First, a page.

Houston Symphony Performs Strauss' Salome

A Perfect Concert Evening

By: - Jun 13, 2024

The Houston Symphony presented Richard Strauss’ Salome. It was a perfect concert opera production.  All the singers were not only off book, but costumed to perfection (or unveiled when that critical moment arrives).  Salome (Jennifer Holloway)  and her mother Herodias (Linda Watson) glittered in sequins. Herodas  (John Daszak), was regal and sinister. Jochanaan’s white prison uniform was thrust about his body emphasizing his long black hair that Salome repeatedly expresses the desire to touch. Jochanaan (Mark S. Doss) is of course a soul in union with God. He precipitates the drama before we meet him, prophesying more incest in an already incestuous kingdom.

Strauss, using an edited version of the Oscar Wilde play Salome as his libretto, creates Salome, not as the 12-year-old innocent of the Bible, but rather as a femme fatale.  Narraboth (Issachah Savage) is infatuated with her alluring sexuality. Both Salome and the moon glow at the opera’s start. Onl a blood red moon  prophesied by Jochanaan, gleans at the end. We gaze at prophecies coming true and see his faith validated.

The set design by James Maloof wrapped the stage and outward to the auditorium walls with video images of a temple’s columns and reflections of cell walls. Lighting by Jim French and Susan Eader helped create the set and enhanced the singer’s movements and their shadow reflections as well as the images of the cell walls.  Colors were oriental and various. Orientalism suggested eroticism and perversion. 

Jochanaan was imprisoned on a ‘cistern’ riser. Walkways through the orchestra provided a pathway for Salome to move, prancing or dancing. The stage is packed with instrumentalists, principal singers, pages, soldiers, Nazarenes, and Jews.  

Adam Larsen is creative director.  Emma Griffin of the Mannes School, who recently mounted an hour-long excerpt of Phil Kline’s new opera on Nikola Tesla, gave us the same packed feeling at the Guggenheim Museum (NY).  It’s an eye-catching and exciting image for the audience.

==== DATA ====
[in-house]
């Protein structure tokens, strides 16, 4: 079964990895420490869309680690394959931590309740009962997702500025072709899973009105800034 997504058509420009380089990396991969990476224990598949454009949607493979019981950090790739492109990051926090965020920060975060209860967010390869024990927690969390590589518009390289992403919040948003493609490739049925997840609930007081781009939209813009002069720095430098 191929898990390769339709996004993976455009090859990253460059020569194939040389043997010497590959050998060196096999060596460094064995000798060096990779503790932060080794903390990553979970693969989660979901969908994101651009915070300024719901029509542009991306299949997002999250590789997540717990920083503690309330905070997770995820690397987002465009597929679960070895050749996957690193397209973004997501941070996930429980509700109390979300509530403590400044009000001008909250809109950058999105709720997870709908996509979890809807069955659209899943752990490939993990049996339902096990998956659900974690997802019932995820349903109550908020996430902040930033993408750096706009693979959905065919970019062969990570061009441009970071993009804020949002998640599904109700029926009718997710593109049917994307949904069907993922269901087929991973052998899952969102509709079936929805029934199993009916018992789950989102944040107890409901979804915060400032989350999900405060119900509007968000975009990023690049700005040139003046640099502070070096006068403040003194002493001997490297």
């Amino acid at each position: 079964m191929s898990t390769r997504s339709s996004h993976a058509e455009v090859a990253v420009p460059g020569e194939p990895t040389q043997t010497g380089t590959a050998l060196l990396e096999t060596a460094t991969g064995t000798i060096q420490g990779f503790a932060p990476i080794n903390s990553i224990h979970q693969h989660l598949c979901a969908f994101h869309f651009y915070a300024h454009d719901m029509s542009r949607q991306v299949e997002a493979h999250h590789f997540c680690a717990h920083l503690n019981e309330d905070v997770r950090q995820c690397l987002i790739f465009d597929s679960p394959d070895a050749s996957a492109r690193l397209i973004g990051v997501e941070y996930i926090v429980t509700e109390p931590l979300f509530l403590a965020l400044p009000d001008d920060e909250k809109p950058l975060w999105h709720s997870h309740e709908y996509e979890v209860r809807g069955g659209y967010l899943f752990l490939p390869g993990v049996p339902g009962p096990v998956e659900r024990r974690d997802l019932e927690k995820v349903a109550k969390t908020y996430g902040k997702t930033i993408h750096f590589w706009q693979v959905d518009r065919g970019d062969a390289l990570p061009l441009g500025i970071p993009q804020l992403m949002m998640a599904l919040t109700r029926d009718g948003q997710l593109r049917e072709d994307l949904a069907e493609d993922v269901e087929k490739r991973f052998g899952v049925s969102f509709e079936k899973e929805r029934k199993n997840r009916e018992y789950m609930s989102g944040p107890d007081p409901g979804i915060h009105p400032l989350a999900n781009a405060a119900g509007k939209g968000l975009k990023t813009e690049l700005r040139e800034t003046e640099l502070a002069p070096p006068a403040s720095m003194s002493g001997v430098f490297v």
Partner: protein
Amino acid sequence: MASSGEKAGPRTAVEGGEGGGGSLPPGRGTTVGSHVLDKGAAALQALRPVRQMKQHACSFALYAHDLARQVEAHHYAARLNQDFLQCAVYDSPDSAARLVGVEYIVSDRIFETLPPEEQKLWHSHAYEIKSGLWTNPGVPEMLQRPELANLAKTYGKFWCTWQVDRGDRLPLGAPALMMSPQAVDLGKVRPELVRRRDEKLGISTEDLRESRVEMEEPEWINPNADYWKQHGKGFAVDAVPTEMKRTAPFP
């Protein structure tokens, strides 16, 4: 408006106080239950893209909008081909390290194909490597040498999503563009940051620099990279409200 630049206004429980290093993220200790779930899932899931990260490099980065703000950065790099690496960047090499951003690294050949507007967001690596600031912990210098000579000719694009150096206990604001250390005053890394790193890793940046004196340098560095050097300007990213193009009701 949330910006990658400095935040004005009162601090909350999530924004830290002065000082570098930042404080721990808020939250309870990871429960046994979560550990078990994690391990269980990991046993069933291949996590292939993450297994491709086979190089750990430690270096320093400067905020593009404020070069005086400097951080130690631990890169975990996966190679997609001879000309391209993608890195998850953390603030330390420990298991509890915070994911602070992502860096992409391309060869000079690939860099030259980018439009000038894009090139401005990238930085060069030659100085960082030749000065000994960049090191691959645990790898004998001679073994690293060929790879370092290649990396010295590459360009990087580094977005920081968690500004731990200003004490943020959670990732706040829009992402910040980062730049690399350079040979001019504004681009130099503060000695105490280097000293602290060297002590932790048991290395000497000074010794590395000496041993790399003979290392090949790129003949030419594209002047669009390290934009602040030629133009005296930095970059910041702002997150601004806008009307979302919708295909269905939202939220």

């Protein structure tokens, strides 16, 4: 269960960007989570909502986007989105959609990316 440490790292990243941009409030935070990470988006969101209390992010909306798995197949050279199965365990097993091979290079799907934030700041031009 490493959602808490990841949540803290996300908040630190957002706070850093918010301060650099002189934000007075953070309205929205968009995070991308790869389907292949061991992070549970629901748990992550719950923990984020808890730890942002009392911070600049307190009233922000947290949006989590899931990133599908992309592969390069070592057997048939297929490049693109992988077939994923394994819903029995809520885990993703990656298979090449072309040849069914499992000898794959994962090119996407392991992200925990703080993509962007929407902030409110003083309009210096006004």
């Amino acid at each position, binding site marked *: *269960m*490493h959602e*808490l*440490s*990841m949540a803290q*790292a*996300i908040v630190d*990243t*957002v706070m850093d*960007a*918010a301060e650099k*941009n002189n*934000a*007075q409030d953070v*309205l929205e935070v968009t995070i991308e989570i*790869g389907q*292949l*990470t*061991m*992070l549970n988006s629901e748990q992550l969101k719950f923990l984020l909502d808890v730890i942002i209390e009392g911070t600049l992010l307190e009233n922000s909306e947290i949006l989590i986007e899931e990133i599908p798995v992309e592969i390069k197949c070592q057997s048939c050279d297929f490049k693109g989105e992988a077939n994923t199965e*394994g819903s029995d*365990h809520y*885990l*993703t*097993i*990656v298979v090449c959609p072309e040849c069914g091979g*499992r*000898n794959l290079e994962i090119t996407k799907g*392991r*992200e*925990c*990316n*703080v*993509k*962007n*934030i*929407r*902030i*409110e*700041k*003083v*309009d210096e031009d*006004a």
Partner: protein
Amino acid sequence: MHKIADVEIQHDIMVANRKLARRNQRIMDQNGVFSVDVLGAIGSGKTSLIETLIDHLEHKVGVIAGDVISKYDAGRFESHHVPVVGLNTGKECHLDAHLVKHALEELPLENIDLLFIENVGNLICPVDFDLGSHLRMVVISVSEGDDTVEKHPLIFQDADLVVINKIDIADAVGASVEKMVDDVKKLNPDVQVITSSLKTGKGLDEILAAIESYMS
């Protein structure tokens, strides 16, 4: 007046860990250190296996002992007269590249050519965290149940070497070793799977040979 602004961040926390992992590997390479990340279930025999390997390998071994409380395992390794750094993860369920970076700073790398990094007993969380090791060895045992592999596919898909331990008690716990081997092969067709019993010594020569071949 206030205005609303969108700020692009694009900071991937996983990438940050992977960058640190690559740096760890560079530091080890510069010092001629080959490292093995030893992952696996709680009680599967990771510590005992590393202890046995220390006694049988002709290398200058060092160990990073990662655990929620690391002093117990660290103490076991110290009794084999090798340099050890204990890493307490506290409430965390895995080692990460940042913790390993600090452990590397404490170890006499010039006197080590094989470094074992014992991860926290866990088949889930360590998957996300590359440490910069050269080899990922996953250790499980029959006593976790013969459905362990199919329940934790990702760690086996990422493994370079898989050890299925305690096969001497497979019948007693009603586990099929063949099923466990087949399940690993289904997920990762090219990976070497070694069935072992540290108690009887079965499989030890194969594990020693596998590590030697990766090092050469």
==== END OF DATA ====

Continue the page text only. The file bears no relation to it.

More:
Mark S. Doss (Jochannan) colored his stories with rich texture and beauty.  John Daszak (Herodes) has the required helden edge and great drama in his voice. Jennifer Holloway started tentatively in the lead role, but grew to magnificent proportions in the second act, bringing down the house. Linda Watson as Herodias brought frustration and then fury to her maternal role. The feminist take in this performance saw both mother and daughter kicking Herodas. 

Juraj Valcuha conducts the Houston Symphony with sensitivity to all of Strauss’ details. Strauss’ seven main phrases which underline character and emotion were called out and yet did not obscure the emotional drama. The string section was precise, the horns, a blast, and the overall richness of Strauss’ music conveyed. The audience, many of whom represented the major orchestras of America, was enthralled. 

The Houston Symphony production is a model for orchestras who are finding a new audience with opera in concert.